After being declared dead, here’s how the River Thames was brought back to life

Sixty years ago, nothing could survive in Engalnd’s River Thames – but today it is home to seals, porpoises and even the occasional stray whale.

In 1957, the Natural History Museum declared the Thames biologically dead. News reports from that era describe it as a vast, foul-smelling drain.

More than 2,000 seals have been spotted in the Thames over the past decade, according to a survey by the Zoological Society of London that ran from 2004 to 2014 and was published in August 2015, along with hundreds of porpoises and dolphins and even the odd stray whale.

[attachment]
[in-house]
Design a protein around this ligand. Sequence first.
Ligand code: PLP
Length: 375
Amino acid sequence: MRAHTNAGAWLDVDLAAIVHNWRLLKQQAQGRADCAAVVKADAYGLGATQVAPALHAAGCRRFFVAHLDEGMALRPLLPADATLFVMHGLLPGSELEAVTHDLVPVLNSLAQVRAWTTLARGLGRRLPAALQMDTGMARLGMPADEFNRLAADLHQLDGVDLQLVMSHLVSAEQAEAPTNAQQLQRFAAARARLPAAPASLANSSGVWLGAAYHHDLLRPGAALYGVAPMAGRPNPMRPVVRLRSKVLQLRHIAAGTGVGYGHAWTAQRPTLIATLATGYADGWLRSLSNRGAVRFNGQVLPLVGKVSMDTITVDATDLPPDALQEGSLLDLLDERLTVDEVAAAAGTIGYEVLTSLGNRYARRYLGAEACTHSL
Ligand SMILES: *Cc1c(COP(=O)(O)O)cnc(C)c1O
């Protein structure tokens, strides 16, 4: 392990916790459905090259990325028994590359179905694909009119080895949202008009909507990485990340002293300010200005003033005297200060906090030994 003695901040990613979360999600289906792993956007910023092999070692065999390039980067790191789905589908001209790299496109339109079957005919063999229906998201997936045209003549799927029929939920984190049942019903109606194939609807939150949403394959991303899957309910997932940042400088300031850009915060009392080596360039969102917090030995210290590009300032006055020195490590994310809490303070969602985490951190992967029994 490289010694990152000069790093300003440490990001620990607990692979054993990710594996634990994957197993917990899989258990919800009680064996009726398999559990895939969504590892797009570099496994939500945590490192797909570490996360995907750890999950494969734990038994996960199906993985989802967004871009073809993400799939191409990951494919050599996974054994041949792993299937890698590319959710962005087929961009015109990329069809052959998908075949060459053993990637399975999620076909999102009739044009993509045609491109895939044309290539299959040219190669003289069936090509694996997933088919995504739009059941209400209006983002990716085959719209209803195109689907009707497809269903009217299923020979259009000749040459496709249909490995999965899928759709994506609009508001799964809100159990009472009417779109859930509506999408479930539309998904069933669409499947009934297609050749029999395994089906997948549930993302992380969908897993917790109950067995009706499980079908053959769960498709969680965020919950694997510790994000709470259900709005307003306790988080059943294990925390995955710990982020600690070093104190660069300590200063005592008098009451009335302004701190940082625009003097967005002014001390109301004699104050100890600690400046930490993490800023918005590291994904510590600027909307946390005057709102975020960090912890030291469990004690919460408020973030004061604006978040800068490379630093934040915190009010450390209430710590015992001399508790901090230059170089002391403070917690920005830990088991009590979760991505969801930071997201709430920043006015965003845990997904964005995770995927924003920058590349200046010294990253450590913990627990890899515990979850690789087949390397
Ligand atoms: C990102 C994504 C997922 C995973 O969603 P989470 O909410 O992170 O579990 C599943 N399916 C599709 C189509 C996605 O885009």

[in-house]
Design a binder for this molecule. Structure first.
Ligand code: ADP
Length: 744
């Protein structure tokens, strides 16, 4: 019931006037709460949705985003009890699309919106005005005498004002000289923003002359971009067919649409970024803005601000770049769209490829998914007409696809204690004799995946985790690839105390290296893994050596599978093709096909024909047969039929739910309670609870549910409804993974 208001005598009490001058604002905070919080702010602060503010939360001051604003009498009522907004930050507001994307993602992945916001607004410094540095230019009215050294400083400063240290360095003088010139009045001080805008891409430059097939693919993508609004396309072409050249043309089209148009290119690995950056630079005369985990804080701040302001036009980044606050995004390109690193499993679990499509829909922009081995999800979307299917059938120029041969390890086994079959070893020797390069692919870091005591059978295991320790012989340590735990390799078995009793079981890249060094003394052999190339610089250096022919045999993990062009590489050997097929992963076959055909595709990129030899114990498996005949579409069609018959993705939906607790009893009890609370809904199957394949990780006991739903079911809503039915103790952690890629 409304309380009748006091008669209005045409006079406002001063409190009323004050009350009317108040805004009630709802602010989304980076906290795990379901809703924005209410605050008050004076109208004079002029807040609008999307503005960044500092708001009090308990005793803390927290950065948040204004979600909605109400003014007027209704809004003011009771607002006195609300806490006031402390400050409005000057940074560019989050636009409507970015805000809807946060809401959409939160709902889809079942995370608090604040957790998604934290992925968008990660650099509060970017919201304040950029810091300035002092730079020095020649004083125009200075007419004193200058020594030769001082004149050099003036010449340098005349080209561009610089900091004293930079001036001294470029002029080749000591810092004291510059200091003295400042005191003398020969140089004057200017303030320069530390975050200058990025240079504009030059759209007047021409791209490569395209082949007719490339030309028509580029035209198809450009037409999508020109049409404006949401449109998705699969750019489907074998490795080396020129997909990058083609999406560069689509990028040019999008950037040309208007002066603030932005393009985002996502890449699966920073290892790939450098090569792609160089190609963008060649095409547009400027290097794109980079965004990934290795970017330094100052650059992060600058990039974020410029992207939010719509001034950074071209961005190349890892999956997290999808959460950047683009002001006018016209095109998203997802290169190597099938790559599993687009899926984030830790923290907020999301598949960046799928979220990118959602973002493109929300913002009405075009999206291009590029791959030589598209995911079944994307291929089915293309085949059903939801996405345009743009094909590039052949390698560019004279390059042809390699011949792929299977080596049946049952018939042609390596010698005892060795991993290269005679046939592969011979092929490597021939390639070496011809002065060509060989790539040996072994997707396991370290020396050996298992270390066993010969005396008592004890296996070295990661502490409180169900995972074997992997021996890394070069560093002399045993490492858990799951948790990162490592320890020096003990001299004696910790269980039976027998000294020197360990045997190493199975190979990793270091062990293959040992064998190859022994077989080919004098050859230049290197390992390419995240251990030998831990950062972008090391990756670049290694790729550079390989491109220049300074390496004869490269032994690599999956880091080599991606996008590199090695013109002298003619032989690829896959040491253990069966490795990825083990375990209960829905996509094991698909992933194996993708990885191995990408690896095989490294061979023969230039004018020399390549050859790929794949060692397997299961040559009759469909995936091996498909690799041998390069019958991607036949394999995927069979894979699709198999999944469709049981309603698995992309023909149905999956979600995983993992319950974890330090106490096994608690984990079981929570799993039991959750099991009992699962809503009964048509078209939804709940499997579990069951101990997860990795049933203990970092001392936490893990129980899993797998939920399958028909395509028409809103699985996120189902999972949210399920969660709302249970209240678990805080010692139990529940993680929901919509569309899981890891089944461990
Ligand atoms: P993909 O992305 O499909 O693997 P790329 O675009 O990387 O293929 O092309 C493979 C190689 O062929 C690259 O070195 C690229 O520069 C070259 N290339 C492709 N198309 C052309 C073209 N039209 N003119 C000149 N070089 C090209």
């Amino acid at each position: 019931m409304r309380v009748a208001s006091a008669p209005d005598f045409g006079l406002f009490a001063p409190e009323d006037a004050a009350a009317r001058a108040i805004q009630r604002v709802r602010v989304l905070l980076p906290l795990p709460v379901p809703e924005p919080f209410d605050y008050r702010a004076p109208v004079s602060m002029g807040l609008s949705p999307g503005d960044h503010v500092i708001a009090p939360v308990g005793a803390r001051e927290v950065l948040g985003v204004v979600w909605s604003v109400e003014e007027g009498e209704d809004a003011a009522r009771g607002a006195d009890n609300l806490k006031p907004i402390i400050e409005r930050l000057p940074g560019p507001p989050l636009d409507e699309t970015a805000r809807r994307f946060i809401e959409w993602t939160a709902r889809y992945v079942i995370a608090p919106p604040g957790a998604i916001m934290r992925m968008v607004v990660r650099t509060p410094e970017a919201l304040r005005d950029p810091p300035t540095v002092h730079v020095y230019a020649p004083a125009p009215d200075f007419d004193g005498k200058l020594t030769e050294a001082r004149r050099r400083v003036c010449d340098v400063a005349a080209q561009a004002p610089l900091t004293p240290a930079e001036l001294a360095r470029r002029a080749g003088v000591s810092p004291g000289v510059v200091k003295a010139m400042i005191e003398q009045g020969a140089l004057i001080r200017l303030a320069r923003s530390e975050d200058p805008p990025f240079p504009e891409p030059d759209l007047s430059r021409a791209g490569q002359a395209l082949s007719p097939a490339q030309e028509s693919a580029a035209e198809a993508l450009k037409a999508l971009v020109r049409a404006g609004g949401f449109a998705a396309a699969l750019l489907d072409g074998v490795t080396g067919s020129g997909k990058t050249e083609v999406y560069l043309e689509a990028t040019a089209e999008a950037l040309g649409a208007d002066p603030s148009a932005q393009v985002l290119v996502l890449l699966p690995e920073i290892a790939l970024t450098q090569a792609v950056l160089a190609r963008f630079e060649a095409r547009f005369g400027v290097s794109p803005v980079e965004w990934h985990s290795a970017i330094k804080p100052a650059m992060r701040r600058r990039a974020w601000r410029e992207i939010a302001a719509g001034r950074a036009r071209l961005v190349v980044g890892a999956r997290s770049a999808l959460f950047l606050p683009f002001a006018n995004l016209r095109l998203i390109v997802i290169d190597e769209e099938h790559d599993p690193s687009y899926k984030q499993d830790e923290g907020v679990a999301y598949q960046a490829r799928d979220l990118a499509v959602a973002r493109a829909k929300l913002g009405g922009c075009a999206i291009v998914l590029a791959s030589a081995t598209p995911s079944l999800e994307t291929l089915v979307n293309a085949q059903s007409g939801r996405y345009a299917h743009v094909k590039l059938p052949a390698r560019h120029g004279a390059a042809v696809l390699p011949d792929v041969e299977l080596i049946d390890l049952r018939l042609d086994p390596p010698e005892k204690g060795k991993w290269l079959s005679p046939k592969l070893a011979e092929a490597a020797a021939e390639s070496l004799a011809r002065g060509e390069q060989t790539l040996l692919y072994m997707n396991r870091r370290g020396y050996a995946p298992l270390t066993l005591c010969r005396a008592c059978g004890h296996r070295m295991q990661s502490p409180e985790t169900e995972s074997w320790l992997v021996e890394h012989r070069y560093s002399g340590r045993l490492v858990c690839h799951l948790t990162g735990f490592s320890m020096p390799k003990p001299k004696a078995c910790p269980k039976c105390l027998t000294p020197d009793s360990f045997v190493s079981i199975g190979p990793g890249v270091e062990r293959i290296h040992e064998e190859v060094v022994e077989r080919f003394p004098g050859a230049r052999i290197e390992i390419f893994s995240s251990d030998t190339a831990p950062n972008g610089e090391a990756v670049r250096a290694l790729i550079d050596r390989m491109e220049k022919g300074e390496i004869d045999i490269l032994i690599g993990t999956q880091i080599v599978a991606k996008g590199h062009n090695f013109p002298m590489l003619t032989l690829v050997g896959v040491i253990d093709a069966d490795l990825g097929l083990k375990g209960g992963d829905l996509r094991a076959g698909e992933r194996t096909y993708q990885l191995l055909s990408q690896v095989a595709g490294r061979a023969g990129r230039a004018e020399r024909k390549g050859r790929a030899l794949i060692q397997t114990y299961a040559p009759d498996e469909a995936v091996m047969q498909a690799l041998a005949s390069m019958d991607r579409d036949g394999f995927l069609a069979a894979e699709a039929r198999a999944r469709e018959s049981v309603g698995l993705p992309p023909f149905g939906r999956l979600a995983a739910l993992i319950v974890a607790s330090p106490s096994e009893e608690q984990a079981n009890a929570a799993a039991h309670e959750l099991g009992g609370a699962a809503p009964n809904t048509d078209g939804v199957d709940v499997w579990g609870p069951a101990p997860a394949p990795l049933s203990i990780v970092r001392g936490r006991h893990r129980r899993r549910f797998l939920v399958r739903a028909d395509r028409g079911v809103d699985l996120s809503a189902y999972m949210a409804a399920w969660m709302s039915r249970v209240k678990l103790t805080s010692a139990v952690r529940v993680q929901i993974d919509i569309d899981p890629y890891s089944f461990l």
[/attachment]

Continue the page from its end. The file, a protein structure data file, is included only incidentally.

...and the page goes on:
Even though other problems now are threatening the health of the river and its animals – namely, its abundance of plastic – that’s a big change for a river once so polluted, not even fish could survive in it.

There are now 125 species of fish in the Thames, up from almost none in the 1950s.

You make the river as natural as possible, with clean water and proper flows, and then you’ll see the community return,” says Chris Coode, the deputy chief executive of Thames21. “This wasn’t about people breeding species in captivity and releasing them. The fish returned naturally.

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